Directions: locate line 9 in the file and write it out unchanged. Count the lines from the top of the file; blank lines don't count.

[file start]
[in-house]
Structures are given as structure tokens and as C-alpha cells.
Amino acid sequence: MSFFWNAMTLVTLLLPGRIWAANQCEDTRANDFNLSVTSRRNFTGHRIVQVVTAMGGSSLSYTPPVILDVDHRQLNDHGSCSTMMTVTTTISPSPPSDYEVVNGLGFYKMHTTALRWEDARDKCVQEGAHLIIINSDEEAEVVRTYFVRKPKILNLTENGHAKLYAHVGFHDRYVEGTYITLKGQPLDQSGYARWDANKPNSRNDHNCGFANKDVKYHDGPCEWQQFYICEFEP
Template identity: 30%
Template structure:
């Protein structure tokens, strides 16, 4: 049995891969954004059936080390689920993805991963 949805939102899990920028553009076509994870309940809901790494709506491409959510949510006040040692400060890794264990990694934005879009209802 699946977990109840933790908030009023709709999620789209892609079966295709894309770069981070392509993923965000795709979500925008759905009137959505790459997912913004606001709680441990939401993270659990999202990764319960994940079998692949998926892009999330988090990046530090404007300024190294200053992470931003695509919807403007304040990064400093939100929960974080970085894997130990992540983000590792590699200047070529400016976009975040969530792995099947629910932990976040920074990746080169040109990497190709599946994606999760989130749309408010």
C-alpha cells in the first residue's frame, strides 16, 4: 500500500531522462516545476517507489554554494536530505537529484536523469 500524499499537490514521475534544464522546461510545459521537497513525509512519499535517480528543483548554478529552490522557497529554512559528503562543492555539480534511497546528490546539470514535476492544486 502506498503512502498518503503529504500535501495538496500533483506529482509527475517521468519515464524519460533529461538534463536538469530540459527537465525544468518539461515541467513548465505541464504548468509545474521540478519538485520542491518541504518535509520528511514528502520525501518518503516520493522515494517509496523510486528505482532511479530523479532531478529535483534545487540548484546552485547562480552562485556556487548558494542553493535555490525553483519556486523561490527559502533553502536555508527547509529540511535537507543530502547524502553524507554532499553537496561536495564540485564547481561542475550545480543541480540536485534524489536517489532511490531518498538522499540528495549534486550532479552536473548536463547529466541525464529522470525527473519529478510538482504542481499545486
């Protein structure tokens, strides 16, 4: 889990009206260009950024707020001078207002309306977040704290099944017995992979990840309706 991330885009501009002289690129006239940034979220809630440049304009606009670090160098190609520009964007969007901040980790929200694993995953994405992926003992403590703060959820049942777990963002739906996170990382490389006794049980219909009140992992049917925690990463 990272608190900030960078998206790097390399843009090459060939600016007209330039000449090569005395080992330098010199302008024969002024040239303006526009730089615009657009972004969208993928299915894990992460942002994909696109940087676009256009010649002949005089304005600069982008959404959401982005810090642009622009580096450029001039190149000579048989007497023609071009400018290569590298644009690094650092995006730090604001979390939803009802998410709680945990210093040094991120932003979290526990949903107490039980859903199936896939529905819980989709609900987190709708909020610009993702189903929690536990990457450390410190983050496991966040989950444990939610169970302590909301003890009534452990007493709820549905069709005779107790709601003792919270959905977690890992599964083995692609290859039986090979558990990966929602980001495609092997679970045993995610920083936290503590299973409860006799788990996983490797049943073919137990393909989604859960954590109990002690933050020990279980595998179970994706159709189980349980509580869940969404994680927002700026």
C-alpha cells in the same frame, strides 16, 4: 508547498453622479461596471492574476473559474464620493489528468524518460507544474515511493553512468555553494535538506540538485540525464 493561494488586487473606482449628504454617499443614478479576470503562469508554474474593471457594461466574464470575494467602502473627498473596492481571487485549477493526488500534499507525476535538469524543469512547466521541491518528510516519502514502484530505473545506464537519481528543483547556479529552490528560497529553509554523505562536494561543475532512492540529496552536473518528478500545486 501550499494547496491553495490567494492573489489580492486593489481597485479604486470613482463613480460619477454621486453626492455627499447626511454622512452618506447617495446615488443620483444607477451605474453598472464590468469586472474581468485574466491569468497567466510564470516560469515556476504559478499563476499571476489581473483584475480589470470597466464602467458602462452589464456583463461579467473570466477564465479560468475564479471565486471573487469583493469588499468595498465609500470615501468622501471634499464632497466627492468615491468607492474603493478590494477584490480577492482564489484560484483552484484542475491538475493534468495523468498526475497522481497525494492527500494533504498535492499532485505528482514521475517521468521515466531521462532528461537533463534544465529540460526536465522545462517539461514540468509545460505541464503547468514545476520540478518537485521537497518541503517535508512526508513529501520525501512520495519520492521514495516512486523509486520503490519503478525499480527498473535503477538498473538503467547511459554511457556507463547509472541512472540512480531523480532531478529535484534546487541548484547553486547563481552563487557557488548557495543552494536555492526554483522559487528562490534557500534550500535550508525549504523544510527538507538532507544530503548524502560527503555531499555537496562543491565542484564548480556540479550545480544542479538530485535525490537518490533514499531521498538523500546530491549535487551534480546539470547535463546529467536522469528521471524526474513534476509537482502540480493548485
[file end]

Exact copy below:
C-alpha cells in the same frame, strides 16, 4: 508547498453622479461596471492574476473559474464620493489528468524518460507544474515511493553512468555553494535538506540538485540525464 493561494488586487473606482449628504454617499443614478479576470503562469508554474474593471457594461466574464470575494467602502473627498473596492481571487485549477493526488500534499507525476535538469524543469512547466521541491518528510516519502514502484530505473545506464537519481528543483547556479529552490528560497529553509554523505562536494561543475532512492540529496552536473518528478500545486 501550499494547496491553495490567494492573489489580492486593489481597485479604486470613482463613480460619477454621486453626492455627499447626511454622512452618506447617495446615488443620483444607477451605474453598472464590468469586472474581468485574466491569468497567466510564470516560469515556476504559478499563476499571476489581473483584475480589470470597466464602467458602462452589464456583463461579467473570466477564465479560468475564479471565486471573487469583493469588499468595498465609500470615501468622501471634499464632497466627492468615491468607492474603493478590494477584490480577492482564489484560484483552484484542475491538475493534468495523468498526475497522481497525494492527500494533504498535492499532485505528482514521475517521468521515466531521462532528461537533463534544465529540460526536465522545462517539461514540468509545460505541464503547468514545476520540478518537485521537497518541503517535508512526508513529501520525501512520495519520492521514495516512486523509486520503490519503478525499480527498473535503477538498473538503467547511459554511457556507463547509472541512472540512480531523480532531478529535484534546487541548484547553486547563481552563487557557488548557495543552494536555492526554483522559487528562490534557500534550500535550508525549504523544510527538507538532507544530503548524502560527503555531499555537496562543491565542484564548480556540479550545480544542479538530485535525490537518490533514499531521498538523500546530491549535487551534480546539470547535463546529467536522469528521471524526474513534476509537482502540480493548485